Stand-up comedian Abi Roberts has the honour of being the first UK comic to perform in Russia… in Russian. In her show Anglichanka – which means Englishwoman in Russian – she talks about living in the former Soviet Union in the 90s, and returning after 18 years to perform.
“I speak Russian, I studied opera there in the mid 90s and I come from a family of Russian speakers,” she explains. “I’m a pro stand-up now and I was approached after a gig in 2016 and asked to go to Moscow to do four nights at the only stand-up comedy club on Moscow. The inspiration for the show was going back there and seeing just how much it’s changed since I had to leave in a hurry in 1993.
“So in this show, I discuss my time in the former USSR, gay rights and censorship in modern Russia, the consequences of drinking hardcore vodka, studying opera, using outdoor loos in -20 temperatures, and a dog that uses a human loo. You’ll see how Russia has changed since the fall of the Soviet Union and discover what we need to know about Putin, the meerkat with nuclear weapons and the country described as ‘a riddle wrapped in a mystery, inside an enigma’.”
Abi’s found her show attracts very diverse audiences. “I wrote it as a comedy show, so primarily its targeted at stand-up comedy fans… fans of funny,” she says. “I do get a lot of Russian speakers, Eastern Europeans and politicos in the audience – but then since the show’s been on tour, I’ve played diverse audiences from Glasgow to Barnstaple, via Neath and Newcastle, and the variation in audiences is enormous! I get students in, millennials, older 65-plus people who remember the Cold War, and people of all shapes and sizes. I have developed a wee following from both previous shows and club stuff, so people come and see it because they know it’s going to be me doing a funny show, not a piece of performance art or a TED lecture.”
Abi believes the secret to good comedy is jokes, being funny and working a room: “I see too many shows labelled as ‘comedy’ and too many people labelling themselves as ‘comedians’ nowadays that are neither. You’re not a comedian if you don’t play comedy clubs as a pro comic on a regular basis, however much you tell yourself you are. And if your show is one of the aforementioned pieces of performance art, theatre, a lecture, a pep rally or a TED talk, then it ain’t comedy. People come to comedy shows to laugh and be entertained…that’s the primary purpose of a comedian: to make people laugh. If I make them think about something more deeply along the way, then that’s great. But my primary job is to get folks laughing.
“In terms of individual comedians – well, there are two routes into comedy. One is doing it the hard way great comedians do, working their way up in comedy clubs and venues. The other way is doing it via the medium of comedy competitions. Comedy is not a competition. Competitions do not make you a funny stand-up or a great stand-up…they just make you good at doing competitions. My aim is, and always will be, to be the best stand-up I possibly can. I’m really not bothered about being famous or on TV. If that happens, great. I’m very happy making 500 people laugh every Friday and Saturday.”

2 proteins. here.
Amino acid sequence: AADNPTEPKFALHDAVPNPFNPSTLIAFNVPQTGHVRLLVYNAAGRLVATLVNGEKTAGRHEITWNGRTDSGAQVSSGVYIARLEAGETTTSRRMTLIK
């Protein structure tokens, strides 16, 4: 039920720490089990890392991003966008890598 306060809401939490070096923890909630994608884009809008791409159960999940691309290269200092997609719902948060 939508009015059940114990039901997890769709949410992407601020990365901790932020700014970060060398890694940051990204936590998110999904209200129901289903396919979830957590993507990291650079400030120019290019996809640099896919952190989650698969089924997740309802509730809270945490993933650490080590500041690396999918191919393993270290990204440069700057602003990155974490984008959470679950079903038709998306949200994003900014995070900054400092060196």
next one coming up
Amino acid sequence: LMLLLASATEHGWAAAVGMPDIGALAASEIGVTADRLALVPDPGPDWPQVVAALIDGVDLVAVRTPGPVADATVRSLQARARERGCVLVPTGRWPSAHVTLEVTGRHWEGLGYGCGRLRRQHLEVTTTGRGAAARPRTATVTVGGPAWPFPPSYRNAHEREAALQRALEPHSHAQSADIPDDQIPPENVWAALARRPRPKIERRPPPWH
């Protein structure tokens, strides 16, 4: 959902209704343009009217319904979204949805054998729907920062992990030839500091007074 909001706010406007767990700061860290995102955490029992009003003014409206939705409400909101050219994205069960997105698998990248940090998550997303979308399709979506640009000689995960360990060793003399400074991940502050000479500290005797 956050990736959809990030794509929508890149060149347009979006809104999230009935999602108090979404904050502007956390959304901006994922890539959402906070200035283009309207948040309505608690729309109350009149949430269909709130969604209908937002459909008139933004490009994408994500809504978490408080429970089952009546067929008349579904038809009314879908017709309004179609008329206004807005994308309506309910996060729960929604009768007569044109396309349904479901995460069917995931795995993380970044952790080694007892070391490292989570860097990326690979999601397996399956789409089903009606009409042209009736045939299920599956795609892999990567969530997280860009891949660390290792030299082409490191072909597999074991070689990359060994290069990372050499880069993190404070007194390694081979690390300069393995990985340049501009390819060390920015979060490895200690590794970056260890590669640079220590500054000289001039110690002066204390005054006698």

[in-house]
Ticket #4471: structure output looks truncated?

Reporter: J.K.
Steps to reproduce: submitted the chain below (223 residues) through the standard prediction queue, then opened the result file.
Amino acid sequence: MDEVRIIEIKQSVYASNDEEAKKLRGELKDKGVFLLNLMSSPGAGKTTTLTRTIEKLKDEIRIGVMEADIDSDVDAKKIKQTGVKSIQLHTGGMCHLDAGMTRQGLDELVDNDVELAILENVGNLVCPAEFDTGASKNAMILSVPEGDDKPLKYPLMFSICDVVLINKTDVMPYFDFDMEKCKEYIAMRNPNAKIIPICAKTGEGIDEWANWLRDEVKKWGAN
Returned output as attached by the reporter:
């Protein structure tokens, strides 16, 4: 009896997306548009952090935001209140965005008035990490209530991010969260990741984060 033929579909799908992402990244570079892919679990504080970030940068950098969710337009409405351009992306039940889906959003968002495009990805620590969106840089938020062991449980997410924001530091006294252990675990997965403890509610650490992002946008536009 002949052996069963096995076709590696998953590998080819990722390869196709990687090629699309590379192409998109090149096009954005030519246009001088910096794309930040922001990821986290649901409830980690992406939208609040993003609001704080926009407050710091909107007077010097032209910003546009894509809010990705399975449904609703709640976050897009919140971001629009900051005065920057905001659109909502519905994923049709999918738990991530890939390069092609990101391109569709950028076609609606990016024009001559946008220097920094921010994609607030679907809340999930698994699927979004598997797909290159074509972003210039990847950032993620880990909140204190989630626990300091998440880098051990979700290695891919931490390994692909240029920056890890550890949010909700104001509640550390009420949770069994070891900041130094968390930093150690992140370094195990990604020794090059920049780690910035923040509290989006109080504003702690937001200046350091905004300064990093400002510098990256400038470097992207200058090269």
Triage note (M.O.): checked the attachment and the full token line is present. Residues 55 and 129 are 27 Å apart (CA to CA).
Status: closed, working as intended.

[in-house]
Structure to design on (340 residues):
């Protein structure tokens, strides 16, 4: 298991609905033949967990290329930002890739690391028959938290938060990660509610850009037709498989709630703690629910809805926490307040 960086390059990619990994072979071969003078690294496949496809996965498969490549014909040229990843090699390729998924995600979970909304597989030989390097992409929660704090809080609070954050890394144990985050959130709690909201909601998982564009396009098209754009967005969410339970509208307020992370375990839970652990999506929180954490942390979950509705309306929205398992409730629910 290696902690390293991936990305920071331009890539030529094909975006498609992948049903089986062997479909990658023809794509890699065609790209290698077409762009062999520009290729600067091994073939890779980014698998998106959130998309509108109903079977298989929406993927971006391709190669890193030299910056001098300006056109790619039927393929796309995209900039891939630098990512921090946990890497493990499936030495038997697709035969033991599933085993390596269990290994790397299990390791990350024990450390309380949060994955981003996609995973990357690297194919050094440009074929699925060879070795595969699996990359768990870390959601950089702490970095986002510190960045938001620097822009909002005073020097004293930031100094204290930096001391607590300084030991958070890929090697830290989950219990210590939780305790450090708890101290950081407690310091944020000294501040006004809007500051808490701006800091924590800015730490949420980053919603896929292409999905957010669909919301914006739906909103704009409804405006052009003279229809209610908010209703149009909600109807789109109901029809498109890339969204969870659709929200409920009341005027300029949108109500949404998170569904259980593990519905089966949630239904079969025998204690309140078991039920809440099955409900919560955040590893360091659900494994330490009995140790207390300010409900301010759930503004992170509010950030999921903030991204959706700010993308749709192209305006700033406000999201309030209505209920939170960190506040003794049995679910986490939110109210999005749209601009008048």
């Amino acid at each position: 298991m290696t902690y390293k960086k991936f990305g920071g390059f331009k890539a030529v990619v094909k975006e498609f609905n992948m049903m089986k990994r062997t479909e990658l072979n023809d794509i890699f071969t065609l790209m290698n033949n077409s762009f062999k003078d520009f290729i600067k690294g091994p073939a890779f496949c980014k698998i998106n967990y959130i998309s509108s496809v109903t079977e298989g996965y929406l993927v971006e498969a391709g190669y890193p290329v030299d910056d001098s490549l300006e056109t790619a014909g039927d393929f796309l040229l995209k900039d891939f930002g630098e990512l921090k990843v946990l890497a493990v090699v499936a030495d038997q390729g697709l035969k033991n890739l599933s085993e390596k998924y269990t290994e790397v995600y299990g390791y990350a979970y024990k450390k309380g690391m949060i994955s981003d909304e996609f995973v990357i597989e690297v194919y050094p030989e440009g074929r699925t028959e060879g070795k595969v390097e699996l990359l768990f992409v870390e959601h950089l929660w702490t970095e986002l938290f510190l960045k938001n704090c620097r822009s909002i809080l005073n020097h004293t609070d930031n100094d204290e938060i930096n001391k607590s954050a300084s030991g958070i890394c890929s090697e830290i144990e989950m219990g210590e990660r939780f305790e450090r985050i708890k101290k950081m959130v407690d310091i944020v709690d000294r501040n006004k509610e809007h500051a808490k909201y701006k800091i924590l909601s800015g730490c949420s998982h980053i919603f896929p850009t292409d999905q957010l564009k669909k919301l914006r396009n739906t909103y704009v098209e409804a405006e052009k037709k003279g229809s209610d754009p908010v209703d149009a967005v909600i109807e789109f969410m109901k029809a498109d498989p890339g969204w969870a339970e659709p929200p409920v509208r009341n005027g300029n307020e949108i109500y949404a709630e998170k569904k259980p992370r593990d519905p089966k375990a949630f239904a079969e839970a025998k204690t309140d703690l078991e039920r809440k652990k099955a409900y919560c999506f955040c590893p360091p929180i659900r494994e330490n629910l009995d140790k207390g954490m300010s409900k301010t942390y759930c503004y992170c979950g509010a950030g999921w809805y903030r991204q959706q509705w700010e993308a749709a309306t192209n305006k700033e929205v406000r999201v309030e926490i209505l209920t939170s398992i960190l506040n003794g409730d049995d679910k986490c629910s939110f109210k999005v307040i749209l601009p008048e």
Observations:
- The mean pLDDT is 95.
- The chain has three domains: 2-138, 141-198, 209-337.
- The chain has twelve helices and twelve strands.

Abi will be performing Anglichanka at Edinburgh’s Underbelly Cowgate in August – and is keen for festival-goers to check out her acclaimed and unique show. “It’s very funny, you’ll leave my show uplifted and laughing, not depressed and wondering why you just wasted the last hour,” she promises. “It also contains Stalin, Hyacinth Bucket, a shitting dog and a finale that has been described as ‘absolutely not to be missed’. So come along and see why this show has been pretty much given 5 star ratings across the board!”
It’s not the show’s first Edinburgh outing, though, and Abi’s excited by the opportunity to share it with more people this summer. “I did a first version of it last year on the Free Fringe to a smaller audience, and it got such good reactions from critics and audiences alike that I knew I had to bring it back. Then I got an offer to bring it to the famous Underbelly Cowgate, so here I am! It’s also the anniversary of the Russian revolution this year, so it couldn’t be more timely. Scotland has very strong historic links with Russia, especially Edinburgh, and there’s a big Russian presence in Scotland, so that adds an extra dimension for me.”
She also hopes to find time to see some of the other comedy talent at the Fringe this year. “I’m doing two shows – Anglichanka and a very early stage work-in-progress show called Fat Girl Dancing, so my time is limited, but if I can, I want to see fellow Underbelly stable mates Paul Foot, Jason Manford and John Bishop, who all have shows in the Underbelly. I never get to see as many shows as I’d like to due to sheer exhaustion – the first week is pure slog, the second week you’re recovering from the first and by the third week, you just want to do you show, go back to your flat, eat crisps and go to bed!”